81-year-old Holocaust survivor Eva Kor recounted her memories of being one of Dr. Josef Mengele’s human guinea pigs in a letter to Oskar Groening, a former member of the SS at Auschwitz-Birkenau who is on trial in Germany for 300,000 counts of accessory to murder:
In May 1944, when we were taken to Auschwitz, my name was Eva Mozes. My family and I were part of the Hungarian transport. My family included my father Alexander Mozes, 44 years old; my mother Jaffa Mozes, 38 years old; my older sister Edit, 14 years old; my middle sister Aliz, 12 years old; and my twin sister, Miriam, 10 years old. Within thirty minutes after arriving on the selection platform, Miriam and I were ripped apart from our family forever. Only she and I survived, because we were used in experiments conducted by .
Within half an hour we became part of a group of twin girls aged two to sixteen: thirteen sets of little girls and one mother. We were taken to a processing center where they cut our hair short and took our clothes away. That evening they returned them with a red cross at the backs. Then they lined us up for tattooing. When my turn came, I decided to cause them as much trouble as a ten year-old could. Two Nazis and two women prisoners restrained me with all their force. They began by heating a needle. When the needle got hot, they dipped it into ink and burned into my left arm, dot by dot, the capital letter A-7063. Miriam became A-7064…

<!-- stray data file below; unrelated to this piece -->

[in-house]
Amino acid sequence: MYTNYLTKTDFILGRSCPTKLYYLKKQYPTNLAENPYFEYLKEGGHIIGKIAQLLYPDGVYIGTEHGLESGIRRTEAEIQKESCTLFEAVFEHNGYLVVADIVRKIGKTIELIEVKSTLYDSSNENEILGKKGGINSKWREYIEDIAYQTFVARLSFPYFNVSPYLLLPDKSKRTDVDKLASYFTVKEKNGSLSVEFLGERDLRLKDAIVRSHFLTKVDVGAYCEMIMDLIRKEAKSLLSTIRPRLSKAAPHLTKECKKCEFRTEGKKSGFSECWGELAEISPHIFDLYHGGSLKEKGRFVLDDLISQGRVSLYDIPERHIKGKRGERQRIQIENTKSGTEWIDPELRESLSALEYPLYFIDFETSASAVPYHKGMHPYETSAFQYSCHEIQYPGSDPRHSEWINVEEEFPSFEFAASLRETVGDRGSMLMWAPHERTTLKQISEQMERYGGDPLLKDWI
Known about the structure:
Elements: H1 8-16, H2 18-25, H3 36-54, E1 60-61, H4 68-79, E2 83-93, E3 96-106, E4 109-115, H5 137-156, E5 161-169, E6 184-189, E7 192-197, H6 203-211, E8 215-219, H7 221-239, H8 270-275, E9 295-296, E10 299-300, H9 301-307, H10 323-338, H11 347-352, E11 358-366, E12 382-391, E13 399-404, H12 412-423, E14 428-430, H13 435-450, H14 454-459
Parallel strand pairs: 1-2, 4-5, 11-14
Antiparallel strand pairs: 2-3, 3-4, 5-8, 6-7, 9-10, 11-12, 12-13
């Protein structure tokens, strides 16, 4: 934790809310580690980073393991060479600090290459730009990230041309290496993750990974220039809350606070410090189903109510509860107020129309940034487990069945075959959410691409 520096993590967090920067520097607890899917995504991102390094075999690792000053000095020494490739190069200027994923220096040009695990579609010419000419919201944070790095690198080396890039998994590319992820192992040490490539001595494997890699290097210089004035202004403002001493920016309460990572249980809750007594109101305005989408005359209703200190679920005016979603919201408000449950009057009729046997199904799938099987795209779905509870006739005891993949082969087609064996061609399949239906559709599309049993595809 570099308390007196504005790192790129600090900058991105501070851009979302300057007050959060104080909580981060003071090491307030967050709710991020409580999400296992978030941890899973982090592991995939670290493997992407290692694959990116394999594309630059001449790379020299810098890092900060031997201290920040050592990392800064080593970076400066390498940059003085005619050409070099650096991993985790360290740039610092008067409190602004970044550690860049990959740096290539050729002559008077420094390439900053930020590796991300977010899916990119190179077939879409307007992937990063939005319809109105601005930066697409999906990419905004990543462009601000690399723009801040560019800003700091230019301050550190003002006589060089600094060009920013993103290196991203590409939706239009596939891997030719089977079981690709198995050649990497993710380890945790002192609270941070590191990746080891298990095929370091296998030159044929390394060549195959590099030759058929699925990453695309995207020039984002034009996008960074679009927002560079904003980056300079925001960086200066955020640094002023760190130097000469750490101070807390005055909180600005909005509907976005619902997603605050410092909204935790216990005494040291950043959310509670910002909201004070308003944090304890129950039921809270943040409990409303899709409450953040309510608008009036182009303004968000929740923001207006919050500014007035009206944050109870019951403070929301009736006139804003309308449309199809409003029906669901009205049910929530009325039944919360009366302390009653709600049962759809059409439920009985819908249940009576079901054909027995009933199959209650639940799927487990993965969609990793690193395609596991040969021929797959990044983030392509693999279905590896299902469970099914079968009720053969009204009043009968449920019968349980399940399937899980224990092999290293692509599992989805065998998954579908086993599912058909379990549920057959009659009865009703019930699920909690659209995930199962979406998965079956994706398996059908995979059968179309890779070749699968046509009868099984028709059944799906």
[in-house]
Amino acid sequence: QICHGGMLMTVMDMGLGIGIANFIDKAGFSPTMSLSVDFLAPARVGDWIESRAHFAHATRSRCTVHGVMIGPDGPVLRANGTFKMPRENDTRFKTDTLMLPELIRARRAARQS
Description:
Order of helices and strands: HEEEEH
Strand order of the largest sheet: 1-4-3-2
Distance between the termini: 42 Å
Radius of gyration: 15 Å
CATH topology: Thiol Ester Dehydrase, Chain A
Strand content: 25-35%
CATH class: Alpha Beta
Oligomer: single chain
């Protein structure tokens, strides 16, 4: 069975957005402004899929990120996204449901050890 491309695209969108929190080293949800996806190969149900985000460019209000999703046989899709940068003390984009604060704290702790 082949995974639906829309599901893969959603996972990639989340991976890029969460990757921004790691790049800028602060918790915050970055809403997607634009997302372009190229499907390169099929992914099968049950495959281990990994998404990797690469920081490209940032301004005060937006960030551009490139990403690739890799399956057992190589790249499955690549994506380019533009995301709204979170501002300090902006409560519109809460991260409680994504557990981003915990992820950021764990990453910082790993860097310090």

For the next two weeks I only have one clear memory: I was crawling on the floor because I could no longer walk. I was crawling to reach a faucet with water because they did not even give us water anymore.
In 1984, Kor founded CANDLES (Children of Auschwitz Nazi Deadly Lab Experiments Survivors), in an effort to locate other surviving Mengele twins; and in 1995 she opened the CANDLES Holocaust Museum and Education Center in Terra Haute, Indiana. She calls herself a “forgiveness advocate,” teaching children:
1. Never give up on yourself or your dreams. I did not know how to survive Auschwitz, but I was determined to do it. Here I am 70 years later because I never gave up.
2. Treat people with respect and fairness to eliminate prejudice from your life.
3. Forgive your worst enemy and forgive anybody who [h]as ever hurt you. I forgave the Nazis and I forgave everybody who hurt me.
Kor is one of the Holocaust survivors testifying at Groening’s trial. On its first day, Groening told the court that “it is beyond question that I am morally complicit. This moral guilt I acknowledge here, before the victims, with regret and humility.” Kor told him, “I appreciate the fact that you are willing to come here and face us.” She offered the defendant her hand, and he took it, brought her into a near embrace, and kissed her on the cheek.
Your Ethics Alarms Ethics Quiz as this week ends is…